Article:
In the Moon's Sea of Tranquillity the lunar lander Eagle stands squarely on its spindly legs.
The legs have been designed to shorten on impact but Eagle has touched down gently so they are still extended, and the craft's outside ladder ends a metre above the ground.
Astronauts Armstrong and Aldrin will soon be down that ladder, watched live on television by up to a fifth of humanity.
This day, July 21 1969, in Australia - will fulfil the work of 400,000 people.
The astronauts are scheduled to sleep now but they want to skip the nap and get outside.
Houston gives the go-ahead just after 8am eastern Australian time and the astronauts start donning their spacesuits.
CSIRO's Parkes telescope is scheduled to receive the television pictures of the moonwalk but the Moon has not yet risen for Australia, so if the astronauts walk early the pictures will come through NASA's Goldstone station in California.
Honeysuckle locks on
At 8.45am Prime Minister John Gorton makes a surprise visit to the Honeysuckle Creek tracking station and stays for an hour.
After he leaves the station staff tip Honeysuckle's dish to the horizon, wait for the Moon to rise at 11:15am and then lock on to Eagle's signal.
The astronauts are still fastening and checking connections in their life support systems and after that they have to slowly depressurise the cabin.
This all takes about six hours, pushing the moonwalk closer to the original timetable.
At last the hatch opens and Armstrong begins to inch backwards out of the craft.
The Parkes telescope is tipped over, waiting for the Moon to rise into its field of view.
Suddenly the wind picks up and two powerful gusts hit the telescope, slamming the dish back against its drive system.
The telescope tower shudders and sways and the wind alarm rings in the control room.
Such wind could damage the dish, even pull it off the tower.
At any other time the telescope would be stowed immediately but director John Bolton decides to keep going.
The wind slackens just as the Moon comes into view but doesn't die down completely.
Parkes will end up operating outside its safety limits for the entire moonwalk.
On Eagle Armstrong starts to climb down the ladder, pausing to lower an external tray that holds a small TV camera.
At first viewers see a picture coming from Goldstone - a jumble of black and white with little detail.
Honeysuckle and Parkes are also getting pictures, Parkes through its secondary feed as the Moon has not yet risen into its main beam.
The Australian stations send their signals to Sydney where a NASA controller chooses between them and forwards his choice to Houston.
Houston picks either the Australian signal or Goldstone's to send to the world - except for Australia, which gets signals straight from Sydney.
Armstrong reaches the bottom of the ladder and takes the last big step down onto one of Eagle's footpads.
He jumps back on the ladder to check he can get up again then returns to the footpad.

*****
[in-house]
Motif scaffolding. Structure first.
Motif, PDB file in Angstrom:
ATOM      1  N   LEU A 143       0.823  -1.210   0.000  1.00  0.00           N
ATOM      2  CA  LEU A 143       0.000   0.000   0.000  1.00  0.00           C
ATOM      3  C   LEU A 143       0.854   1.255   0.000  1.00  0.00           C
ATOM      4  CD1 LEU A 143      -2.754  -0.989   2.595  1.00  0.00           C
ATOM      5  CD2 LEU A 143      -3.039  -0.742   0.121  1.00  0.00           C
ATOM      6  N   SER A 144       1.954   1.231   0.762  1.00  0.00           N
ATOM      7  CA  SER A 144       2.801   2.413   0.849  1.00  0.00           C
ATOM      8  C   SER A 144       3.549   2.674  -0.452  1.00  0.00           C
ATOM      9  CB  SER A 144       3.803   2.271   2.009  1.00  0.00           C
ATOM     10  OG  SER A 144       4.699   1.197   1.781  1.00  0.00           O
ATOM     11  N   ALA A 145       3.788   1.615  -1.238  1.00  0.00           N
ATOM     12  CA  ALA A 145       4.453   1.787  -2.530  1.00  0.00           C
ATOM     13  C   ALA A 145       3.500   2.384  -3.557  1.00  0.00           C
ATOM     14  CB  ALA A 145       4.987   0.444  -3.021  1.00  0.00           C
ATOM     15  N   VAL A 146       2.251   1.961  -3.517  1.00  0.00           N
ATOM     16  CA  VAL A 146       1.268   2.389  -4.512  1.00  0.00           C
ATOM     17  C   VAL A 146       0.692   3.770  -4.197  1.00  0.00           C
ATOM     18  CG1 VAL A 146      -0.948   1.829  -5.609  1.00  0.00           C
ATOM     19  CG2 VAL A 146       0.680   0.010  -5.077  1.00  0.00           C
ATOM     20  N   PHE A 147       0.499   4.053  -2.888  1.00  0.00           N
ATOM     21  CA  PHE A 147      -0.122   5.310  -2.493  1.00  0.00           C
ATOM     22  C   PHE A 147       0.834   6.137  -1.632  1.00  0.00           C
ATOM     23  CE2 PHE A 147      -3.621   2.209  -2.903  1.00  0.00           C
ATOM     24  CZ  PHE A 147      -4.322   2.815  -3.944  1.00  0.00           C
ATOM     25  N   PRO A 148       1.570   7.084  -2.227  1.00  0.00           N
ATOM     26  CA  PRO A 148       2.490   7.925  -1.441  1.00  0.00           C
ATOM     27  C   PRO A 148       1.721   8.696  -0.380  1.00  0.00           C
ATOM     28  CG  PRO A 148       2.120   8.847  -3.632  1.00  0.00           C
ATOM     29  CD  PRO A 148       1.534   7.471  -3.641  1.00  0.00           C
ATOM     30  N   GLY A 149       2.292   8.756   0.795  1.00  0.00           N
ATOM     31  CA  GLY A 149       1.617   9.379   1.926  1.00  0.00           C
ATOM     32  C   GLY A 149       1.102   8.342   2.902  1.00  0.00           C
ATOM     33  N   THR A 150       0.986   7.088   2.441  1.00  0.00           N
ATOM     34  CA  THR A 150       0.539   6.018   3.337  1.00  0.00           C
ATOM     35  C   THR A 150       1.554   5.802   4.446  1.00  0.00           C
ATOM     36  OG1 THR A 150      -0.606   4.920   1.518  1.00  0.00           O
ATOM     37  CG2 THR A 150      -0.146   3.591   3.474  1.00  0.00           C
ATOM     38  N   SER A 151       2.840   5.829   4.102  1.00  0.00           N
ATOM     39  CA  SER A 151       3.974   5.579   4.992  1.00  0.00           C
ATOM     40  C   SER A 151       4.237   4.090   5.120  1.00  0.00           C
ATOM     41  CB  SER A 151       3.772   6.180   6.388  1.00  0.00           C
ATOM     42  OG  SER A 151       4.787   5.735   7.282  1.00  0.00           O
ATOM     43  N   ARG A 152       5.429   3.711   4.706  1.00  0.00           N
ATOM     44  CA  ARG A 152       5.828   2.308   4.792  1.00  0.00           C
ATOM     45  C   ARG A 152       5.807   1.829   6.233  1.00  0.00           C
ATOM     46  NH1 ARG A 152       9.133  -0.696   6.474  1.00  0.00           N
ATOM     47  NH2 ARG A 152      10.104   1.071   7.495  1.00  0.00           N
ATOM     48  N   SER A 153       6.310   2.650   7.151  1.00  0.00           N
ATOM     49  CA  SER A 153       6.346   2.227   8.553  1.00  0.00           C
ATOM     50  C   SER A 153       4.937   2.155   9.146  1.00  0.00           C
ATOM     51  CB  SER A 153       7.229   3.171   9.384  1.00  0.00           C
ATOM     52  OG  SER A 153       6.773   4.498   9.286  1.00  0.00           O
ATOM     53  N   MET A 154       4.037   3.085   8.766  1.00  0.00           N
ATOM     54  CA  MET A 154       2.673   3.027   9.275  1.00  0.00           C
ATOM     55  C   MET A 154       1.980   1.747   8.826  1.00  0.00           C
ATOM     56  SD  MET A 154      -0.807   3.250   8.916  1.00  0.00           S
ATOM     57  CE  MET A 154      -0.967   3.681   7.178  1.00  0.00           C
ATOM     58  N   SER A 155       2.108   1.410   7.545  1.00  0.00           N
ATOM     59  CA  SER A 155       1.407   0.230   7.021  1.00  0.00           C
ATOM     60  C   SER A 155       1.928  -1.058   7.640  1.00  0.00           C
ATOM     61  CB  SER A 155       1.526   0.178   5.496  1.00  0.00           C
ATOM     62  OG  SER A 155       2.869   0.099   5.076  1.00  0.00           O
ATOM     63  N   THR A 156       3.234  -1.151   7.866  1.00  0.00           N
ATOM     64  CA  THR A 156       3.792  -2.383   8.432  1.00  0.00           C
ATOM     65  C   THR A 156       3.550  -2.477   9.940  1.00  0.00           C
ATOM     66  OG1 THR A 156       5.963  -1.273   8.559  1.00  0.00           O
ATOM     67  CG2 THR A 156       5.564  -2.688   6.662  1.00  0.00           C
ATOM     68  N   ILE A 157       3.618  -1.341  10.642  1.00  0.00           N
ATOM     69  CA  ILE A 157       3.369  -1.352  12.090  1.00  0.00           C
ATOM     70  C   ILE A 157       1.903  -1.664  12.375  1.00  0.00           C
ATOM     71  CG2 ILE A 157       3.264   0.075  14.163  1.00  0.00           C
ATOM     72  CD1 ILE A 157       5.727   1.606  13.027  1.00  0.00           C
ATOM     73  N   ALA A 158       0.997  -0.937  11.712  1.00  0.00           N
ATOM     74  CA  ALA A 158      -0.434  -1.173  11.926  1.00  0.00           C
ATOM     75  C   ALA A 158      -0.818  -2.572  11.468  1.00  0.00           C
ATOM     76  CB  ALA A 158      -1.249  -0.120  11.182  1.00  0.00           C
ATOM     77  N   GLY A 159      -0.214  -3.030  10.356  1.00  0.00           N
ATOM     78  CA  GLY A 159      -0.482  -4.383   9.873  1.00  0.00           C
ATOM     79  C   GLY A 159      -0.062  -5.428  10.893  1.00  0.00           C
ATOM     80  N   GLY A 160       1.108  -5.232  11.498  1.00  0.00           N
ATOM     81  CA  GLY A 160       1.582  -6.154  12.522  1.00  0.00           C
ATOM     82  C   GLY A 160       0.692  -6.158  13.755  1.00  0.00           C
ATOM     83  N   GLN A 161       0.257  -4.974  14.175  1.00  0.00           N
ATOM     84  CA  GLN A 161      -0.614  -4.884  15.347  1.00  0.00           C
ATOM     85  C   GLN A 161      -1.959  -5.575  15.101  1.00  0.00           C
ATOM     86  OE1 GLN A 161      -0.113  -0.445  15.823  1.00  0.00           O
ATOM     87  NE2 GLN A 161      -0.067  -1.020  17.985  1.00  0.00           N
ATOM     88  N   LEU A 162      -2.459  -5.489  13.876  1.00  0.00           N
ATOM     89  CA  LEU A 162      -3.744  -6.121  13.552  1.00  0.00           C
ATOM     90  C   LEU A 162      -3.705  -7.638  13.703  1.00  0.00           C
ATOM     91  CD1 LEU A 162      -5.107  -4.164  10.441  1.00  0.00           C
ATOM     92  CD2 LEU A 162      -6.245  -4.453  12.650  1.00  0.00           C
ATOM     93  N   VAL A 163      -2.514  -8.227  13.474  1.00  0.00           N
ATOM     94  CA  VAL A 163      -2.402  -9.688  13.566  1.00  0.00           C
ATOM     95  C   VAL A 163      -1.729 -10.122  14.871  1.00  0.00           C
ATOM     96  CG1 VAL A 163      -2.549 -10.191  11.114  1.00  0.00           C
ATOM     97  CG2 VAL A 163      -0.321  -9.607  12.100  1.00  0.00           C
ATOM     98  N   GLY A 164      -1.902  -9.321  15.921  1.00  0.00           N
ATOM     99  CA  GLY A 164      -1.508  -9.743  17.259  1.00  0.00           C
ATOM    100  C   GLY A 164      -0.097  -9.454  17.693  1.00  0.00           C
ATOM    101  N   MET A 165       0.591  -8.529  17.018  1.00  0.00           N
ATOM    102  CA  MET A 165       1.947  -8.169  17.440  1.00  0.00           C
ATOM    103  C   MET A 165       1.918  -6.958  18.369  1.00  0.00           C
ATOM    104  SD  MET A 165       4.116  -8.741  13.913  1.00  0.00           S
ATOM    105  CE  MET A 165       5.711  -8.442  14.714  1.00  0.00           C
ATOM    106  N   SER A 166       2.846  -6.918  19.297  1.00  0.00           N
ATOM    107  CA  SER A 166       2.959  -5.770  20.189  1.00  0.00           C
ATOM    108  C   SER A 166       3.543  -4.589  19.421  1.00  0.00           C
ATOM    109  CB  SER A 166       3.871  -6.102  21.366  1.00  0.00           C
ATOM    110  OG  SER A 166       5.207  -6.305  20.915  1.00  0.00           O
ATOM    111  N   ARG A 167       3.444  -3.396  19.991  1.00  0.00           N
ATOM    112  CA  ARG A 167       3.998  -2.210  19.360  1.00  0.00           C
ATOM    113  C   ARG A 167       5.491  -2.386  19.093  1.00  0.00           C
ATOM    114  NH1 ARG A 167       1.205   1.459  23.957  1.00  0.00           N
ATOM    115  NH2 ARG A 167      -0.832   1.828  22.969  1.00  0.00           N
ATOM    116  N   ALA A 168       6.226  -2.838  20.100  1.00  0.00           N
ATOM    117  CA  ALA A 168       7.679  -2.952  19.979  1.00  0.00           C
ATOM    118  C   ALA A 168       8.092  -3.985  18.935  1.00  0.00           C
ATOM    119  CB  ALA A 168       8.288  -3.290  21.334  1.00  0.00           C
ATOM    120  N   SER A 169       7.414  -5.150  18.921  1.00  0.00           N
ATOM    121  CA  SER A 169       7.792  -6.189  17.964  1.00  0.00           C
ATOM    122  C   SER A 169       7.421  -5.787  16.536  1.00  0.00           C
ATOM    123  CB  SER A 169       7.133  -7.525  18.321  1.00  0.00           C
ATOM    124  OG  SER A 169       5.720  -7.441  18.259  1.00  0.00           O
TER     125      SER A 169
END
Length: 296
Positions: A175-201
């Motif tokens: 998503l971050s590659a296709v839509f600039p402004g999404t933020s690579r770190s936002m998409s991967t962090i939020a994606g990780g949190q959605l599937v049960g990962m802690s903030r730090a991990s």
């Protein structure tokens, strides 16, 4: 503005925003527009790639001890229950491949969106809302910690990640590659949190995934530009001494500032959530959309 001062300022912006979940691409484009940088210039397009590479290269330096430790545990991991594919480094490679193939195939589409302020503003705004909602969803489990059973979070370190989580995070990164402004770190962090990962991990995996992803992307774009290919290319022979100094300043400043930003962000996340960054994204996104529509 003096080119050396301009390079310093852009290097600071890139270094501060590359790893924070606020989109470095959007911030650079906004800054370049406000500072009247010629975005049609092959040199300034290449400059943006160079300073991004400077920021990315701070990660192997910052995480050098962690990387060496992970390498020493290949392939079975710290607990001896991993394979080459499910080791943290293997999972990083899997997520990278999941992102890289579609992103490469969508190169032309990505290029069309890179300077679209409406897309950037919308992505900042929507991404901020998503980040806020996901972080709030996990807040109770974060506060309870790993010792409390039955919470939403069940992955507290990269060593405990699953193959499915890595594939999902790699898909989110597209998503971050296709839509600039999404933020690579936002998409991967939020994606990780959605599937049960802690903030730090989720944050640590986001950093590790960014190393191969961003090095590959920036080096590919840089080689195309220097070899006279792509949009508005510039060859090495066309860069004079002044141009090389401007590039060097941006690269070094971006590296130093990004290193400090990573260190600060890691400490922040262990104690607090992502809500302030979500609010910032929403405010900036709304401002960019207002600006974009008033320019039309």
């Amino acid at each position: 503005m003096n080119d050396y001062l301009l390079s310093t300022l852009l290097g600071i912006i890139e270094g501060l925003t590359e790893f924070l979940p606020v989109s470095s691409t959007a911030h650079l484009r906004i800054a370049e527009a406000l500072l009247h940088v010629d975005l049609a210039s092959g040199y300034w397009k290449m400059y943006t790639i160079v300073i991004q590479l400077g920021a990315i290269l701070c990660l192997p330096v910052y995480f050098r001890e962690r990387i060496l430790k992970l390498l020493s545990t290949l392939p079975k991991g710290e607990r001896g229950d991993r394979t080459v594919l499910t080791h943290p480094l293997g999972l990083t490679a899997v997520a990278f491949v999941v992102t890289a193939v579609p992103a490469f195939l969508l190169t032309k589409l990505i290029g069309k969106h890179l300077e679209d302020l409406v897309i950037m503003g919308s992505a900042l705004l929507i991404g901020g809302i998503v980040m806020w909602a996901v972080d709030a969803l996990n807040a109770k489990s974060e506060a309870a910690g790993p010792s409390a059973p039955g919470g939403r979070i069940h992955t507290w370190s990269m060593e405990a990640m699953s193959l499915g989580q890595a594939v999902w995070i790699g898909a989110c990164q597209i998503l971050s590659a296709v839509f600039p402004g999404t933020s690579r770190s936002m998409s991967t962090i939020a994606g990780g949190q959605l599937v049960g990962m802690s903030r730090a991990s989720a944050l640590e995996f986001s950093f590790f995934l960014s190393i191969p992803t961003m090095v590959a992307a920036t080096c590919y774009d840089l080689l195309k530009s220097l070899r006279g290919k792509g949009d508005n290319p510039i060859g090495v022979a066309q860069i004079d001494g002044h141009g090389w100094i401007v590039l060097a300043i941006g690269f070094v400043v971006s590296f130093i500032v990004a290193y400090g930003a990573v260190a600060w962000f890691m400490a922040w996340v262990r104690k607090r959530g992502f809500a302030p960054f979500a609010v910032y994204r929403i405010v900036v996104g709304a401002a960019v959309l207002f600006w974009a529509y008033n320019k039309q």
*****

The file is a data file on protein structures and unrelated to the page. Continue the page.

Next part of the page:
Houston switches from Goldstone's picture to Honeysuckle's.
"I'm going to step off the LM [lunar module] now," Armstrong announces, then carefully lifts his left foot and sets it on the Moon's soil.
"That's one small step for [a] man, one giant leap for mankind."
It is 12:56:20pm eastern Australian time.
"Commander on the Moon!!!!" Honeysuckle Operations Supervisor John Saxon writes excitedly in his logbook, noting the time to the second; station staff have been running an office sweep on when the first step will be.
Armstrong inspects Eagle, takes photos and scoops up the first sample of lunar soil.
Around nine minutes into the broadcast the Moon rises into Parkes' main beam and the Sydney controller passes the Parkes picture to Houston.
"Beautiful picture, thank you," Houston says. It will stick with Parkes for the rest of the moonwalk.
For almost three hours Parkes staffer Neil Mason will drive the telescope to keep it pointed at the Moon, not allowed to even glance at the television pictures lest the wind pick up again and affect the telescope's reception.
Citizens of Earth
Soon Aldrin will climb down the ladder and note the "magnificent desolation".
The world will see him dash around like a hyperactive ghost then hop like a kangaroo to try out movements in the Moon's weak gravity.
The world will watch as Aldrin sets up experiments, including a matchbox-sized dust detector created by Australian physicist Brian O'Brien, the astronauts plant the US flag and President Nixon speaks with them from the White House.
But for those first minutes the world sees just one man, anonymous in his spacesuit and helmet, representing humanity.
Moscow television doesn't carry the moonwalk but Soviet cosmonauts watch it from a military reception centre.
When they see Armstrong step onto the Moon - achieving the victory that might have been theirs - they applaud.
"Everyone forgot that we were all citizens of different countries on Earth," one of them, Aleksei Leonov, writes later.
"That moment really united the human race."
- One Giant Leap is a joint initiative with CSIRO, Australia's national science agency, to celebrate the 50th anniversary of the moon landing.